LOW PRO

GoPro is firing 15% of its staff in an effort to stay afloat

GoPro’s terrible 2016 continues.

The action camera company announced today that it would lay off 15% of staff. This follows a similar round of layoffs in January, and a year fraught with poor sales, recalled products, and tepid reviews of the company’s latest products. In the summer of 2015, GoPro’s stock stood at roughly $63—today it’s trading at about $10.

In a Nov. 30 press release heralding strong Black Friday sales, GoPro said that more than 200 full-time staff would be cut, mostly from its entertainment division. Open positions will not be filled, and the company will pay out between $24 million and $33 million in severances and stock-based compensation.

GoPro has for years considered itself a sort of media company, inking deals with companies like Roku, Sony PlayStation, the NHL, and ESPN, to either stream content, or to provide its tiny cameras as a way of delivering new angles on sporting events. But the venture never really took off, and the company’s entertainment head, Zander Lurie, resigned in January.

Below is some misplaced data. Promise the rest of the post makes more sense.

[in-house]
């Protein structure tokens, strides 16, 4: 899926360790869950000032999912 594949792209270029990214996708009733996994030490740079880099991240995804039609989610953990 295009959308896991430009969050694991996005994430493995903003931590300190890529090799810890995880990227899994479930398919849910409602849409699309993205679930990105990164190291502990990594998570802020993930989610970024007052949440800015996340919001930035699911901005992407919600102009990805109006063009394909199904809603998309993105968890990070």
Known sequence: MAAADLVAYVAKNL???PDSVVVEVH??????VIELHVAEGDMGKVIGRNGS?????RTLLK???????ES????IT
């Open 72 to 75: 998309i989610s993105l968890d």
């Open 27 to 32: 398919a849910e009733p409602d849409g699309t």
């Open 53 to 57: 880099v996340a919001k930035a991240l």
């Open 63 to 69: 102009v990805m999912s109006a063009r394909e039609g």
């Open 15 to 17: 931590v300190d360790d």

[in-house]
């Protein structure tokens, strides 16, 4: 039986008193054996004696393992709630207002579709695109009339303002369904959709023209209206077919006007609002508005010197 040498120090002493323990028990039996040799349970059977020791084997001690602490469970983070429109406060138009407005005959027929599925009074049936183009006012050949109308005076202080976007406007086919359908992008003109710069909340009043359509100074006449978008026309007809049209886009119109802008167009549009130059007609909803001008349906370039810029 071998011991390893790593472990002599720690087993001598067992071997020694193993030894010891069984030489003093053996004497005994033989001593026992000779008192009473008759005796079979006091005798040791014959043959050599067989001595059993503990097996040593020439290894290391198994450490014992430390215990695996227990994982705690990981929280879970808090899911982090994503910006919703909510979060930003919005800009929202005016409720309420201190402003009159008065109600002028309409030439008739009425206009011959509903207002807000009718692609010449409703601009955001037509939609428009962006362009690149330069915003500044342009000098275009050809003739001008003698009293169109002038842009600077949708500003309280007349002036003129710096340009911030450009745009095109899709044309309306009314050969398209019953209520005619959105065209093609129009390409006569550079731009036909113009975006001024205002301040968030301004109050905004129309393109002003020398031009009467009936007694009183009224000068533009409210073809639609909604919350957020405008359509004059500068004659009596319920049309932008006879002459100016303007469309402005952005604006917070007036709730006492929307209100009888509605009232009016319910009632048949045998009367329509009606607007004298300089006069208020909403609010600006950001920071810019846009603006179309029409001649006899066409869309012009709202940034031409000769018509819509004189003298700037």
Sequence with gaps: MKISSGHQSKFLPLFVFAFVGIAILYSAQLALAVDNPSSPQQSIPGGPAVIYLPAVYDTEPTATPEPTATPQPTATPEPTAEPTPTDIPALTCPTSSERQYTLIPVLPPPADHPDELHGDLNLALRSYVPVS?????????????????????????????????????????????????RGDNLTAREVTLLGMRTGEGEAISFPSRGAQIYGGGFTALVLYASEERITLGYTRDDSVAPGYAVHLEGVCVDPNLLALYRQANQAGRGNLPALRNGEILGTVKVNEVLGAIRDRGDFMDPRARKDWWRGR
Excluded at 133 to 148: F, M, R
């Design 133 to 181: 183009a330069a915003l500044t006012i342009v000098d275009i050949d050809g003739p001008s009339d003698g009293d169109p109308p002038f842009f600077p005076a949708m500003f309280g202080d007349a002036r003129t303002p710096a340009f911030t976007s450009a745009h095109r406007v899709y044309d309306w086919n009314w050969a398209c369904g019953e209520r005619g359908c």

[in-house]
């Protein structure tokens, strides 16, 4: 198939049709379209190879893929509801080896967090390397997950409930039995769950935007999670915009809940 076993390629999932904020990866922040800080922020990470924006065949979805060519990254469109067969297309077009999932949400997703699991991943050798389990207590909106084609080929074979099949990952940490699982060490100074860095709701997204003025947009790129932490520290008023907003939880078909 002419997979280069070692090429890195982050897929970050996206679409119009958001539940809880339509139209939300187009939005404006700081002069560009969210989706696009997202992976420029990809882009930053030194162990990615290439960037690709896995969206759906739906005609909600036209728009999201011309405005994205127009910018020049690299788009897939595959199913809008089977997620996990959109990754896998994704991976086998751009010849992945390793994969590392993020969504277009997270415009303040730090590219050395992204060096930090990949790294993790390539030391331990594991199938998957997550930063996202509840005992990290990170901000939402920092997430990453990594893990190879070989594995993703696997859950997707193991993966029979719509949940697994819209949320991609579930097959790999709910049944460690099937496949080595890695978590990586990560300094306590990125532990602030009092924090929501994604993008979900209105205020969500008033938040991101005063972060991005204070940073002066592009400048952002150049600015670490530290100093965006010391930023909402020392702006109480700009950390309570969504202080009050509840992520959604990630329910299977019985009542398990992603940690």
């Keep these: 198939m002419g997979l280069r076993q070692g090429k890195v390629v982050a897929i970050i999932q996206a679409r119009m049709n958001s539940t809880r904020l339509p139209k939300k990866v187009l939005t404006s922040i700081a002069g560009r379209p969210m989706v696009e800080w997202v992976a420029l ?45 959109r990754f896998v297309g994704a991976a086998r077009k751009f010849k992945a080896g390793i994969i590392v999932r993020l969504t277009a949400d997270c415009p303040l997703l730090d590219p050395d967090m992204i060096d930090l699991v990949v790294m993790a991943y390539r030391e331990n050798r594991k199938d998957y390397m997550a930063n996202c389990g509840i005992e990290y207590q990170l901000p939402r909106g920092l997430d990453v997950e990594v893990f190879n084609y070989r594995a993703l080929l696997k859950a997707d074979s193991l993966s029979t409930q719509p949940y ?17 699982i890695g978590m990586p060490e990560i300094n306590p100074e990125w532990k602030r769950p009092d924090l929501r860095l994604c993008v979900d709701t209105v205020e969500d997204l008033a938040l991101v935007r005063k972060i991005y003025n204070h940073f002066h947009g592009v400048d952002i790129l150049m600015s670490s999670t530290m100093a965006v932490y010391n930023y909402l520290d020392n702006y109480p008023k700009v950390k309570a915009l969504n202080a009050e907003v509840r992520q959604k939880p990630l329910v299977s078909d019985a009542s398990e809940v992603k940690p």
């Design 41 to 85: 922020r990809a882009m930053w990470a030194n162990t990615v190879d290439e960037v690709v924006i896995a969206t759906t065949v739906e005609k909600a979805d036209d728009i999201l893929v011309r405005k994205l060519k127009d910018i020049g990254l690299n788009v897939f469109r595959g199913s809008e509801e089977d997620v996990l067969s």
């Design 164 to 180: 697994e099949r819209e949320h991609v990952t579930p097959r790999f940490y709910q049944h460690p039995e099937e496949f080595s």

GoPro also announced today that its president, former Microsoft and Skype executive Tony Bates, would also leave the company after roughly three year.

On the night of the US election, when attentions were elsewhere, GoPro announced a recall of its new Karma drone, as some were losing power while flying. The drone was a product that GoPro needed to sell well this year in order to find financial success, but it was delayed for almost the entirety of 2016, and then recalled soon after.

On a quarterly earnings call Nov. 3, CEO Nick Woodman said that the company aimed to return to profitability in 2017. Sales in each quarter of 2016 have been considerably lower than in the same quarters the year before.

One hint of hope for the company: Today’s release highlighted the fact that the company’s new GoPro Hero5 camera, which is waterproof and can respond to voice commands, helped the company achieve 35% higher Black Friday sales than in 2015. If GoPro can refocus on selling the cameras that consumers actually want to buy, perhaps the company will return to black.

Image by Paintimpact on Flickr, licensed under CC-BY-2.0.
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